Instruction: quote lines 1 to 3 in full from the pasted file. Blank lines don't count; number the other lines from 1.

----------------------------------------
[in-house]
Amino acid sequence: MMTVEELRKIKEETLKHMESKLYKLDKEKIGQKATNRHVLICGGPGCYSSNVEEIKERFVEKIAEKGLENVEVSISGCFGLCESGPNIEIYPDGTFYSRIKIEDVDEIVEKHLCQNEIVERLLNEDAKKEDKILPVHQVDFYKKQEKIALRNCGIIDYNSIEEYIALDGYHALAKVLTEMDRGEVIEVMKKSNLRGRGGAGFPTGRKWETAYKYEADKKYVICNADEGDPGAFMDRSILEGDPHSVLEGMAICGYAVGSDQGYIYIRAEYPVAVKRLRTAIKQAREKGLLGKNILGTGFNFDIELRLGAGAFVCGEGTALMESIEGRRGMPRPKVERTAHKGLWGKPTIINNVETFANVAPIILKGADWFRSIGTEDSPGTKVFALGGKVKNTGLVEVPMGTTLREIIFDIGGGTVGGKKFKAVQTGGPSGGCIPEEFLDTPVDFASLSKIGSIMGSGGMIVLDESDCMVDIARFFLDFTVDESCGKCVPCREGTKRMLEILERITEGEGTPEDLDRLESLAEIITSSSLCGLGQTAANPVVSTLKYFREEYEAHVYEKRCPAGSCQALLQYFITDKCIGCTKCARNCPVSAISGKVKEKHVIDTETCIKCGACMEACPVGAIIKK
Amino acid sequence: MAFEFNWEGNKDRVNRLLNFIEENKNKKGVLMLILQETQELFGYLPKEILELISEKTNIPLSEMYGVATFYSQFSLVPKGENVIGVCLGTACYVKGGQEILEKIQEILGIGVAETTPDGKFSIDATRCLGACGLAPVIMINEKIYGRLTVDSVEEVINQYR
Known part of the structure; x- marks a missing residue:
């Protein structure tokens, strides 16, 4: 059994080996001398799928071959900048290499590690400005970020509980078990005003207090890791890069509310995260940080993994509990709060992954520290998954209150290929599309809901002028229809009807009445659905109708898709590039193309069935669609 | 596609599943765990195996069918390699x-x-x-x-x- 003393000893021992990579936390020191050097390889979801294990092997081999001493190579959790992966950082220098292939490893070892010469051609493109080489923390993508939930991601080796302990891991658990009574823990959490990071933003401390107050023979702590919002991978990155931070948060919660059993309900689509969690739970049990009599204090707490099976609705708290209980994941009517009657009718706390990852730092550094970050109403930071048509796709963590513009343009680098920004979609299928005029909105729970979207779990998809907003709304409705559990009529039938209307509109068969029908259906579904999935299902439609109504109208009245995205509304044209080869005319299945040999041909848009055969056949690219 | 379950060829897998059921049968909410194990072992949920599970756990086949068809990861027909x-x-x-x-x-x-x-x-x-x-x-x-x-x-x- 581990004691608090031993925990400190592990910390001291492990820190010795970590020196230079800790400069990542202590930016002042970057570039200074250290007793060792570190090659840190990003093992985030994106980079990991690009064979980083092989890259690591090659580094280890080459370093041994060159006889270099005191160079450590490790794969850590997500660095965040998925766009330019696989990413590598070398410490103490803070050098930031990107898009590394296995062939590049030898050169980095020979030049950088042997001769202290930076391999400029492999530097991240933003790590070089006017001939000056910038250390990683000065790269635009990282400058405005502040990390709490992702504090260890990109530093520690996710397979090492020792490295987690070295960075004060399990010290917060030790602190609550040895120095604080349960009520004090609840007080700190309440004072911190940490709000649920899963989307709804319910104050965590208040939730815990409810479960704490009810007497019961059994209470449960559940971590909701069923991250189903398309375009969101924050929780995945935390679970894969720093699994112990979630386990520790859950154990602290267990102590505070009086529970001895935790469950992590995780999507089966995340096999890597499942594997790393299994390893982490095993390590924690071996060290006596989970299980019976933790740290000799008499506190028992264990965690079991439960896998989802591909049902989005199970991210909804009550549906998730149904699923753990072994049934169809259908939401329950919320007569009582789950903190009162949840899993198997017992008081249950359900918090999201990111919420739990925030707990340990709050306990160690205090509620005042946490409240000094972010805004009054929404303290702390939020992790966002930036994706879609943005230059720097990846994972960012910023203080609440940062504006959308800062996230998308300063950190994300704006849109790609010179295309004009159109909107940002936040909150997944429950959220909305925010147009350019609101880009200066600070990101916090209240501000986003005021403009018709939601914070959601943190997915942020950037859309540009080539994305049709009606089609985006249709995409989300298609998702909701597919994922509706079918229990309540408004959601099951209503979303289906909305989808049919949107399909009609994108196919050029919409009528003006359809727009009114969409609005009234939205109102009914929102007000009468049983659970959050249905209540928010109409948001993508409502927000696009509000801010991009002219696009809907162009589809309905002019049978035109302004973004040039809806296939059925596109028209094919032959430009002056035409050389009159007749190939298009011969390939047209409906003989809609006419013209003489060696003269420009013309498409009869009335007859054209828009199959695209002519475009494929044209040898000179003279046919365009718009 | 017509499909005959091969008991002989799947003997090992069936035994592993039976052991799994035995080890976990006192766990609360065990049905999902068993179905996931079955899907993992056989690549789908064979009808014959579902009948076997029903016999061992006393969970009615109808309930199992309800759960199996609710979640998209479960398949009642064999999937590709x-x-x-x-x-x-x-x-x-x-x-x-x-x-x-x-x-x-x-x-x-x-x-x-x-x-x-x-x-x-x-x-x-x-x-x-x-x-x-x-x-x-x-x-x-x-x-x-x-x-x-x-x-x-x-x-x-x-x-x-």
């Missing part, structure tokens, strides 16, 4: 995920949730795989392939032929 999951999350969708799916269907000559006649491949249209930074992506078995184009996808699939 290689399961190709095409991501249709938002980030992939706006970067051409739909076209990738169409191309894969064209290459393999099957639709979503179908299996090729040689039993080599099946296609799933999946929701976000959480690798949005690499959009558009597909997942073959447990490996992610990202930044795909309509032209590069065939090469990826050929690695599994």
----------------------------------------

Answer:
[in-house]
Amino acid sequence: MMTVEELRKIKEETLKHMESKLYKLDKEKIGQKATNRHVLICGGPGCYSSNVEEIKERFVEKIAEKGLENVEVSISGCFGLCESGPNIEIYPDGTFYSRIKIEDVDEIVEKHLCQNEIVERLLNEDAKKEDKILPVHQVDFYKKQEKIALRNCGIIDYNSIEEYIALDGYHALAKVLTEMDRGEVIEVMKKSNLRGRGGAGFPTGRKWETAYKYEADKKYVICNADEGDPGAFMDRSILEGDPHSVLEGMAICGYAVGSDQGYIYIRAEYPVAVKRLRTAIKQAREKGLLGKNILGTGFNFDIELRLGAGAFVCGEGTALMESIEGRRGMPRPKVERTAHKGLWGKPTIINNVETFANVAPIILKGADWFRSIGTEDSPGTKVFALGGKVKNTGLVEVPMGTTLREIIFDIGGGTVGGKKFKAVQTGGPSGGCIPEEFLDTPVDFASLSKIGSIMGSGGMIVLDESDCMVDIARFFLDFTVDESCGKCVPCREGTKRMLEILERITEGEGTPEDLDRLESLAEIITSSSLCGLGQTAANPVVSTLKYFREEYEAHVYEKRCPAGSCQALLQYFITDKCIGCTKCARNCPVSAISGKVKEKHVIDTETCIKCGACMEACPVGAIIKK
Amino acid sequence: MAFEFNWEGNKDRVNRLLNFIEENKNKKGVLMLILQETQELFGYLPKEILELISEKTNIPLSEMYGVATFYSQFSLVPKGENVIGVCLGTACYVKGGQEILEKIQEILGIGVAETTPDGKFSIDATRCLGACGLAPVIMINEKIYGRLTVDSVEEVINQYR